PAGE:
Demystifying Binary Search: An Algorithm for Quick Discovery

What is Binary Search?

Imagine you're rummaging through a phonebook, looking for a name that begins with "L". Most likely, you wouldn't start from the first page and flip through each one until you reach "L", right? A more plausible approach would be to open the phonebook around the middle and move to the left or right depending on where "L" lies.

Similarly, when searching for a word that starts with "P" in a dictionary, you'd probably start from the middle and navigate left or right, depending on the first letter of the word you're seeking.

Welcome to the world of binary search.

Binary Search algorithm representation

Understanding Binary Search

At the core, binary search is an algorithm designed to sniff out an element's location from a sorted list of elements. If the target element exists, the algorithm returns its location; if it doesn't, it returns None (or -1 in some programming languages).

For instance, consider you're seeking a number between 1 and 100. To guess, you must take the fewest possible attempts. Throughout the process, I'll let you know if your guess is too high, too low, or right on the money.

A straightforward approach (known as linear search) would be to take a shot in the dark, starting from 1, then 2, then 3, so on and so forth. If my number happens to be 99, you'd need 99 attempts to guess correctly. Would you consider that efficient? Probably not.

However, if you kick off by guessing 50 (the middlemost value), I'd nudge you in the right direction – up or down. If my number is higher than 50, you can write off all numbers between 1 and 50 and look only between 51 and 100. And if it's lower, you ditch numbers between 51 and 100, focusing only on 1 to 49. By continually halving possibilities, you home in on my number using the binary search algorithm.

Here's a glimpse of how many numbers binary search eliminates in each round: 50 -> 25 -> 13 -> 7 -> 4 -> 2 -> 1. In just 7 steps, you'd hit the jackpot.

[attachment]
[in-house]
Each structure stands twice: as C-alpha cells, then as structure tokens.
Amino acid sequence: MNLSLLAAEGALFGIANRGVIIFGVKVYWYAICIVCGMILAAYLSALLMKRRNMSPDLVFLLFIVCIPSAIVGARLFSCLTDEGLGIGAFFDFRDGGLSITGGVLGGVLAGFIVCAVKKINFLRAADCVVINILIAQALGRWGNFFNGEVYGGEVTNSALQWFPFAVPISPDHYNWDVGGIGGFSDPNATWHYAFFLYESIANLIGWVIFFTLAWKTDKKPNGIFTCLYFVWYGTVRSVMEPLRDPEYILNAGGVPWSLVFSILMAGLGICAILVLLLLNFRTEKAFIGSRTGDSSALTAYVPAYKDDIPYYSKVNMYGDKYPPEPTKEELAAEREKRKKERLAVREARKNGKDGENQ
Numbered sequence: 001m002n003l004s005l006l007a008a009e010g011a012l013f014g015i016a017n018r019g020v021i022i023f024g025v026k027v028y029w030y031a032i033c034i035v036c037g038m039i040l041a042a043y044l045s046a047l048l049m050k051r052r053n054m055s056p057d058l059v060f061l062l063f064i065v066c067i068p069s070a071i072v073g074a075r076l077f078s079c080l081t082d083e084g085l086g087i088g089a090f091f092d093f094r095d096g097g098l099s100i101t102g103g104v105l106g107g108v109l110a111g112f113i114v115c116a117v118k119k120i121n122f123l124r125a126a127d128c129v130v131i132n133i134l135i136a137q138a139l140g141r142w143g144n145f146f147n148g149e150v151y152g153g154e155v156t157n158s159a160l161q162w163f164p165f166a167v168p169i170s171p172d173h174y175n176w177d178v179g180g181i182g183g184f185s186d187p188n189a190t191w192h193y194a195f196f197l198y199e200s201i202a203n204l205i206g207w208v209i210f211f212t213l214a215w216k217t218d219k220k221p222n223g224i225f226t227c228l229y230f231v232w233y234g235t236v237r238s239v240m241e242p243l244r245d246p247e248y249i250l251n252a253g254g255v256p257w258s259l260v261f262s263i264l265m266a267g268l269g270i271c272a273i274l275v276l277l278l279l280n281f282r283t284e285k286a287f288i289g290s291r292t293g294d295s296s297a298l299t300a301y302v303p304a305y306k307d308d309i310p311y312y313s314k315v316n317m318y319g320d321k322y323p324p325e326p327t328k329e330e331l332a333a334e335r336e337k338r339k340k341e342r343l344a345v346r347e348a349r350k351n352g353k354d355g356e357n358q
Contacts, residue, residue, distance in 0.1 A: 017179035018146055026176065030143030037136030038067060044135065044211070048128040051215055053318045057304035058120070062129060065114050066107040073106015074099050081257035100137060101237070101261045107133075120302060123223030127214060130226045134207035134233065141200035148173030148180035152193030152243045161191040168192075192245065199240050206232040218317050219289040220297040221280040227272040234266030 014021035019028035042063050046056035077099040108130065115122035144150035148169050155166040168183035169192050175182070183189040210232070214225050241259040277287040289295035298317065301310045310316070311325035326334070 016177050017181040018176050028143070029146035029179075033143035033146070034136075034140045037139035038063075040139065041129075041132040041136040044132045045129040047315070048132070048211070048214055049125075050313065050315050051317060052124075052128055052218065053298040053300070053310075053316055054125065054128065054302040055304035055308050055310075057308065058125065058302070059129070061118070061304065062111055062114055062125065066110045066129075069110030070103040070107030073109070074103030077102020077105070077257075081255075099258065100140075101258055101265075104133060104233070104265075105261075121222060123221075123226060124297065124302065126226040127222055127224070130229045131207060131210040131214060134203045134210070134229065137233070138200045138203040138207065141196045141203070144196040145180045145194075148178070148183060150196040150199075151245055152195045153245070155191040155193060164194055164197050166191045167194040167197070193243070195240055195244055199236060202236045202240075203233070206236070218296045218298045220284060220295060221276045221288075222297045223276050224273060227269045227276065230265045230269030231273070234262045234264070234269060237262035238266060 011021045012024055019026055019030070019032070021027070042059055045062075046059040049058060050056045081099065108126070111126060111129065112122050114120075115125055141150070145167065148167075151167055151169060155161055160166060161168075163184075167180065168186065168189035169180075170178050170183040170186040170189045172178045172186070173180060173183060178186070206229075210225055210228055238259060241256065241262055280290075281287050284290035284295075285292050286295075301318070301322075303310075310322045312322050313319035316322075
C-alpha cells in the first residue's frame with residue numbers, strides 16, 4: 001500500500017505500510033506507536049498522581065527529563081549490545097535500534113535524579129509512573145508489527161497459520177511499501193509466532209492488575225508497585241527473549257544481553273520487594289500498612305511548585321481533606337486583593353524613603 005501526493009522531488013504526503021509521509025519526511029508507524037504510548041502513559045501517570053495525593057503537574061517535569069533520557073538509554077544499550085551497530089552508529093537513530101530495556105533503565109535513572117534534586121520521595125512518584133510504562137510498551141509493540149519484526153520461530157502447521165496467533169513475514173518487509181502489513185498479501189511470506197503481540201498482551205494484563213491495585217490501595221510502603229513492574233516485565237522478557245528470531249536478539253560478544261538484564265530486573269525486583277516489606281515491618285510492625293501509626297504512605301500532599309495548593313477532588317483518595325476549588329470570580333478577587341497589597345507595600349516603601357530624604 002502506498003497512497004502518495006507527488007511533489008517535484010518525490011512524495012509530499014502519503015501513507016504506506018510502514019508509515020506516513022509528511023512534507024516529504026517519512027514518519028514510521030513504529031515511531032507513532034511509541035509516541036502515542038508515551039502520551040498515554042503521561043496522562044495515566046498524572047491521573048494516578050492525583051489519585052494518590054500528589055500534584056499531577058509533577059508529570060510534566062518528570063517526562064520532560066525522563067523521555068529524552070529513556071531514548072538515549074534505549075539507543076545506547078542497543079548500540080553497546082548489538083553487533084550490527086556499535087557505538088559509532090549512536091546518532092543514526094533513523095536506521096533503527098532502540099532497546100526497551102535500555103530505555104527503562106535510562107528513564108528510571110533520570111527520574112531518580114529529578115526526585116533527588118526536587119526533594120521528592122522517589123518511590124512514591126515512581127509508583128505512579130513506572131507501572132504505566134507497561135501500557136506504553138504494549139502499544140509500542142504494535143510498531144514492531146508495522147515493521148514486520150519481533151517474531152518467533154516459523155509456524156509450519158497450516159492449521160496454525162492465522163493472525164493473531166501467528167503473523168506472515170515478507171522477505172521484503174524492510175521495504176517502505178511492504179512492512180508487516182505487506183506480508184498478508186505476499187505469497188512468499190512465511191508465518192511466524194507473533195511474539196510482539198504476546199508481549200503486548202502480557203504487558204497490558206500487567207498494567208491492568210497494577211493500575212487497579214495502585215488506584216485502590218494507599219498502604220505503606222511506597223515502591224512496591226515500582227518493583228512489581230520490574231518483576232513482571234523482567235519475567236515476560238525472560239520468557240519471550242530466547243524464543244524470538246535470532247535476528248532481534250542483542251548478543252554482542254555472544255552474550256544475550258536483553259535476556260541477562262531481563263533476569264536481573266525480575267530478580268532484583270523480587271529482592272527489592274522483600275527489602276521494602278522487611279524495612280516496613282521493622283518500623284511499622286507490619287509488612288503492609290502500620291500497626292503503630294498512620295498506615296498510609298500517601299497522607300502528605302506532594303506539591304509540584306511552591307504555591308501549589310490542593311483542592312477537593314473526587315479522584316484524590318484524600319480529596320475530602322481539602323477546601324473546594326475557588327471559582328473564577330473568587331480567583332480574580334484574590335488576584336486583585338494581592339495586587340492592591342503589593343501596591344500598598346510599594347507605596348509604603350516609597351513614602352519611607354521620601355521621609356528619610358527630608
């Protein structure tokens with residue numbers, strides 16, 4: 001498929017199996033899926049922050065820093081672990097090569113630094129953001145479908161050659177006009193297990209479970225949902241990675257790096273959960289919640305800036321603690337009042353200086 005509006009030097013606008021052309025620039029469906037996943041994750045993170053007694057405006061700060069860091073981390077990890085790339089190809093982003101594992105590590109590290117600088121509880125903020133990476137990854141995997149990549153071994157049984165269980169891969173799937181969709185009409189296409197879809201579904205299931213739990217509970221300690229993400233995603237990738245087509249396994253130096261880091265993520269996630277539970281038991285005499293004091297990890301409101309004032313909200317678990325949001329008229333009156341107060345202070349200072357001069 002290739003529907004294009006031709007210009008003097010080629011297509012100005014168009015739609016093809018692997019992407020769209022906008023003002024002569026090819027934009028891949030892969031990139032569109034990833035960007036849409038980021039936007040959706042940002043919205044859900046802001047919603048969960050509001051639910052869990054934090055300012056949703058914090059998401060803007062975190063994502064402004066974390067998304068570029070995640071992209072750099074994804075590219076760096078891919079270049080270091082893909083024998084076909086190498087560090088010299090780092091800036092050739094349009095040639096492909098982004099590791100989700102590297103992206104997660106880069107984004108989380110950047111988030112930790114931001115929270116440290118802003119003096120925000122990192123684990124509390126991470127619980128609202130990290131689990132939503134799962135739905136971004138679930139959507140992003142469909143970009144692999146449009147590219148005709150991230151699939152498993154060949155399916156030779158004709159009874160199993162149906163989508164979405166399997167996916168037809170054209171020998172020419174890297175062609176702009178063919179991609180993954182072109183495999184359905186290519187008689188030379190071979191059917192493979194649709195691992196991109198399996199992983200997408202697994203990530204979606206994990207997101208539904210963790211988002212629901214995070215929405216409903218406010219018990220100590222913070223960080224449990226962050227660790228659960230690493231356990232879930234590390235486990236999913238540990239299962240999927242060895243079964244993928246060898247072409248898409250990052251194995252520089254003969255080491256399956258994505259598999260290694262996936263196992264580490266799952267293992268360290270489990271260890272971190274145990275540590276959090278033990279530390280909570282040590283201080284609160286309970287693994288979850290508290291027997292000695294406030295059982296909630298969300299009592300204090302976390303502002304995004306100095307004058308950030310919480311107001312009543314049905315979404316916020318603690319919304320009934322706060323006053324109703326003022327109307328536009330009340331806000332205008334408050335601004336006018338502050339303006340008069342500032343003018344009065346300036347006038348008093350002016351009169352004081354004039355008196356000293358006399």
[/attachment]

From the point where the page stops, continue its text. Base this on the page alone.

Now, apply this logic to a dictionary with 480,000 words. Binary search lets you find a word in, at most, 19 steps!

Broadly speaking, a binary search needs log₂ n steps to return the correct value, whereas linear search requires n steps, where n corresponds to the list's length.

In case you feel a slight frown due to the term 'logarithms', here's a refresher with an emphasis on how to compute exponentials. The expression log₁₀ 100 asks: "how many instances of 10 can we multiply to reach 100?". The answer is 2 because 10 * 10 = 100. Therefore, log₁₀ 100 equals 2.

Note, however, that binary search works only if your list is sorted. What would ensue if the dictionary were not arranged in alphabetical order?

Execution Time

Let's go back to the linear search or a simple search where you check numbers sequentially. If you have a list of 100 numbers, worst-case scenario, you'd need 100 tries. For a list with 4 billion numbers, you'd need 4 billion attempts. The maximum tries are equivalent to the list's length, known as linear time.

Binary search differs. If your list has 100 items, you'd need at most 7 tries. If it contains 4 billion items, you need, at max, 32 tries. It's a potent algorithm, isn't it?


Ready to see binary search in action? Here is a JavaScript implementation example to get you started:

function binarySearch(nums, item) {
  let left = 0
  let right = nums.length - 1

  do {
    let mid = Math.floor((left + right) / 2)
    let guess = nums[mid]

    if (guess === item) {
      return mid

    if (guess > item) {
      // too high
      right = mid - 1
    } else {
      // too low
      left = mid + 1
  } while (left <= right)

  return -1

const result = binarySearch([1, 2, 3, 4, 5], 4) // 3
console.log({ result })

By running this code, you'll see that it successfully locates the number "4" at the third index in the array. That's the magic of binary search in action! Keep in mind, this is a simple JavaScript implementation. Depending on the layout or type of your data, you may need to adjust it to suit your scenario best.

In conclusion, binary search is an efficient algorithm that can save a lot of time and computing power when locating items in large, sorted datasets. It truly underscores the benefits of understanding your data and structuring it logically to optimize search operations. Happy coding, and may binary search be with you in your algorithmic journeys!

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